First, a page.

A photograph of a male student sitting in a chair in a library, reading a book

Source: 03.01.11, colemama, Flickr

When you are reading a writer’s work, whether it’s a novel, short story, poem, or essay, it’s important to understand the writer’s tone, or attitude. Most writers will not come out and directly state their attitudes about their subjects, so it is up to you, the reader, to look for clues to indicate what the writer’s attitude is.

You already know what tone is in spoken language. It’s the way you speak in order to convey your thoughts. Think about a sad song you have heard. The sad tone is conveyed by the words the songwriter uses, as well as the way the melody is written and played. The words we use, the details we choose, and how we say them help create our tone. When you read, you can’t hear the words being spoken, so you need to depend on the writer’s diction, or choice of words, and the details the writer provides to understand the writer’s tone.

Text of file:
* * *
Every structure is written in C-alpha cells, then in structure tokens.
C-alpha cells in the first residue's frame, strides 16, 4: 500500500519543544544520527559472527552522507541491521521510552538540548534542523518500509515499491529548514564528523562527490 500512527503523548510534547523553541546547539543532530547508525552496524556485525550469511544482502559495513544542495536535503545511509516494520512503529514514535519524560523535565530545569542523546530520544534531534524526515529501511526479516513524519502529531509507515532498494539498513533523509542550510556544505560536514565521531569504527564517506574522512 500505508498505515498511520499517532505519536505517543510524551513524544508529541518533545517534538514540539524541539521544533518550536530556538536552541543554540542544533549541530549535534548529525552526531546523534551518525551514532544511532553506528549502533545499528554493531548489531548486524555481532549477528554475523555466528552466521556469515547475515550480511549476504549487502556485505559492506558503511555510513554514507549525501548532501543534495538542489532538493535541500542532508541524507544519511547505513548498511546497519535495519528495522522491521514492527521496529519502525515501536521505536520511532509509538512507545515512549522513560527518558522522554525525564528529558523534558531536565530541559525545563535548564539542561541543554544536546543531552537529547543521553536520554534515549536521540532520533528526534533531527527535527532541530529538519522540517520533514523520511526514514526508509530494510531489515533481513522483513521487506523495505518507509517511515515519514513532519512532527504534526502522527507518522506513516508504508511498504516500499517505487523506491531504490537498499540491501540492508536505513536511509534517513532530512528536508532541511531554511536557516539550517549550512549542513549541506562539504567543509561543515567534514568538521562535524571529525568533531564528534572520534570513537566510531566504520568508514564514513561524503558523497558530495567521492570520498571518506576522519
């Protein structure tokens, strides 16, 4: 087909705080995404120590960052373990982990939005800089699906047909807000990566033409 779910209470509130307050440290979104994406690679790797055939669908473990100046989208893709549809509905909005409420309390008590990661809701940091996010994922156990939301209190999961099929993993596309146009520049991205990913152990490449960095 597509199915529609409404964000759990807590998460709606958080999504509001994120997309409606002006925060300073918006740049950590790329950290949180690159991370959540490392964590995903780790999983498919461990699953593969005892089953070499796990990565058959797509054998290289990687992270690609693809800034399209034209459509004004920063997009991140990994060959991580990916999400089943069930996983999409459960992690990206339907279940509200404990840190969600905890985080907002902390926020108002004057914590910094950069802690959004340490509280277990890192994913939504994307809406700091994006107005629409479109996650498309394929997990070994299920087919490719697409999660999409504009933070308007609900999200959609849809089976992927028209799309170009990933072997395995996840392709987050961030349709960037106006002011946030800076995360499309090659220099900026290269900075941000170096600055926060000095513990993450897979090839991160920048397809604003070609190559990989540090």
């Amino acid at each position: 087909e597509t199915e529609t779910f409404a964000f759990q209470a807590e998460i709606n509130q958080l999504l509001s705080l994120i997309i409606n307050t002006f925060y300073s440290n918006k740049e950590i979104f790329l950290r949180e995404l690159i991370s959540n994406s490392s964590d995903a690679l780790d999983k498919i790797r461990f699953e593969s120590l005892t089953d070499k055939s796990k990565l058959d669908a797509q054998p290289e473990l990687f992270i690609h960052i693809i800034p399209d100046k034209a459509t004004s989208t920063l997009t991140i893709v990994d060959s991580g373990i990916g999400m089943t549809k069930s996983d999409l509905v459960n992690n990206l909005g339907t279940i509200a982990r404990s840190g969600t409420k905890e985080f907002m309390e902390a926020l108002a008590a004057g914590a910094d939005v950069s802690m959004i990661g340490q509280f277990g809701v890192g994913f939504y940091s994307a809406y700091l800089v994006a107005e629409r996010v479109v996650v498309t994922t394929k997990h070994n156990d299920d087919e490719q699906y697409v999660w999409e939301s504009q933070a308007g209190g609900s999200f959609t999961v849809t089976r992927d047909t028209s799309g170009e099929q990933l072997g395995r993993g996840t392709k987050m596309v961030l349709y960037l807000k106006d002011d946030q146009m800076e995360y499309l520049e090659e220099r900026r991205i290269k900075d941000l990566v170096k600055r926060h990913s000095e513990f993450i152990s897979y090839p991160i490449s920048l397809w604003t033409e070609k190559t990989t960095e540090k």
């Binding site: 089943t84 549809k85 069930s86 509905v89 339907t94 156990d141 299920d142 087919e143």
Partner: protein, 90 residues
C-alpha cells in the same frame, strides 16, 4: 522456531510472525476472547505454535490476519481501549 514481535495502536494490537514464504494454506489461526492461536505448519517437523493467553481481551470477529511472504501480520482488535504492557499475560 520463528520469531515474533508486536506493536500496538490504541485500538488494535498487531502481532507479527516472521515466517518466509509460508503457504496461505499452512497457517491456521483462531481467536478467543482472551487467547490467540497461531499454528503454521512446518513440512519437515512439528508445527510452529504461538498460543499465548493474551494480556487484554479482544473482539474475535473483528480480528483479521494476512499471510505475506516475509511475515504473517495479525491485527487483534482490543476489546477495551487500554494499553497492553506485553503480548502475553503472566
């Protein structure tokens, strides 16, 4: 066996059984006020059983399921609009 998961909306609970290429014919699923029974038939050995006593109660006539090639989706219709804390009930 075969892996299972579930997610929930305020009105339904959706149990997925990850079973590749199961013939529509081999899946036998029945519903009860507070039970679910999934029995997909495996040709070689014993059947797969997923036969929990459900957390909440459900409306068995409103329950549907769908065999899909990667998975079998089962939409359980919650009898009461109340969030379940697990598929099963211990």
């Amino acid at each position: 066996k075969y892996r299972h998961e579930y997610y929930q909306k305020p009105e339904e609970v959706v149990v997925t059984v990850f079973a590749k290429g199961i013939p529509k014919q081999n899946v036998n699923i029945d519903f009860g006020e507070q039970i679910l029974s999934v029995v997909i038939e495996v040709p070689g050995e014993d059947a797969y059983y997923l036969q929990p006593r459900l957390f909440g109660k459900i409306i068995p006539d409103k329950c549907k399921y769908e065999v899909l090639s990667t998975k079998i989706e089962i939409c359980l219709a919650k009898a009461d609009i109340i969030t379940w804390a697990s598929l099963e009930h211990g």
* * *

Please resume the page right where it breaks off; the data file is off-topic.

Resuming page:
Irony is another tool writers may use to create tone. Irony is a literary technique used to create meaning that seems to contradict the literal meaning or events. Not all written works will contain irony, but those that do are certainly enjoyable to read. Here’s an example of irony:

It is pouring rain outside. Your friend comes up to you and says sarcastically, “Nice weather, isn’t it?” The words your friend has spoken, calling the weather “nice,” contradict what is actually happening with the weather outside. Your friend is being ironic.

How can you determine a writer’s tone? You can begin with the close reading of a text. Here’s how:

Let’s take a closer look at a text. This is what the result of a close reading might look like:

A photograph of a girl sitting in a chair reading a book

Source: Read@UTS, UTS Library, Flickr

As you read through the texts in this lesson, you will practice close reading strategies to help you understand a writer’s tone. You’ll be examining the writer’s choice of diction, details, and irony to identify the writer’s attitude. If you haven’t completed the lessons “Diction/Tone” or “Irony, Sarcasm, Paradox” in the Related Resources, you may want to do so before continuing with this practice lesson.